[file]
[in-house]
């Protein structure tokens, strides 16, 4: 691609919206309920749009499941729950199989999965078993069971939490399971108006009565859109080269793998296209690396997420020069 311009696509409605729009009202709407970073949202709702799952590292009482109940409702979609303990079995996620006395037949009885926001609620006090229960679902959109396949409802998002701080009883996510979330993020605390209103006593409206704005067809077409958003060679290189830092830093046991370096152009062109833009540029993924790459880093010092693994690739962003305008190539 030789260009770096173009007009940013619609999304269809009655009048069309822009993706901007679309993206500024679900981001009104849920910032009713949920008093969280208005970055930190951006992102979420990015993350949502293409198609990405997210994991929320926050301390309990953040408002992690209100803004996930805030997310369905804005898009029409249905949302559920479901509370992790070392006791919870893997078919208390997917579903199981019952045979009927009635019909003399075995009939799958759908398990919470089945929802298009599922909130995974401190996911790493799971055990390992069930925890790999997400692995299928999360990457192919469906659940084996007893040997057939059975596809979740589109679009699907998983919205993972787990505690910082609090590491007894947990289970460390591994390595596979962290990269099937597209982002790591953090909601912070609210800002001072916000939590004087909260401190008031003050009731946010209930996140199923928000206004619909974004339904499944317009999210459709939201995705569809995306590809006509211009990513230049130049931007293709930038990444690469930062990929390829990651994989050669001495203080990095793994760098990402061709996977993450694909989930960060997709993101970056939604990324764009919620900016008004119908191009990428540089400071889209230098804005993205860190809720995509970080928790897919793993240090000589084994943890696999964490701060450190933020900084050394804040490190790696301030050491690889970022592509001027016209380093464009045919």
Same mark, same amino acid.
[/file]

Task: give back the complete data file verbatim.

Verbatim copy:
[in-house]
């Protein structure tokens, strides 16, 4: 691609919206309920749009499941729950199989999965078993069971939490399971108006009565859109080269793998296209690396997420020069 311009696509409605729009009202709407970073949202709702799952590292009482109940409702979609303990079995996620006395037949009885926001609620006090229960679902959109396949409802998002701080009883996510979330993020605390209103006593409206704005067809077409958003060679290189830092830093046991370096152009062109833009540029993924790459880093010092693994690739962003305008190539 030789260009770096173009007009940013619609999304269809009655009048069309822009993706901007679309993206500024679900981001009104849920910032009713949920008093969280208005970055930190951006992102979420990015993350949502293409198609990405997210994991929320926050301390309990953040408002992690209100803004996930805030997310369905804005898009029409249905949302559920479901509370992790070392006791919870893997078919208390997917579903199981019952045979009927009635019909003399075995009939799958759908398990919470089945929802298009599922909130995974401190996911790493799971055990390992069930925890790999997400692995299928999360990457192919469906659940084996007893040997057939059975596809979740589109679009699907998983919205993972787990505690910082609090590491007894947990289970460390591994390595596979962290990269099937597209982002790591953090909601912070609210800002001072916000939590004087909260401190008031003050009731946010209930996140199923928000206004619909974004339904499944317009999210459709939201995705569809995306590809006509211009990513230049130049931007293709930038990444690469930062990929390829990651994989050669001495203080990095793994760098990402061709996977993450694909989930960060997709993101970056939604990324764009919620900016008004119908191009990428540089400071889209230098804005993205860190809720995509970080928790897919793993240090000589084994943890696999964490701060450190933020900084050394804040490190790696301030050491690889970022592509001027016209380093464009045919």
Same mark, same amino acid.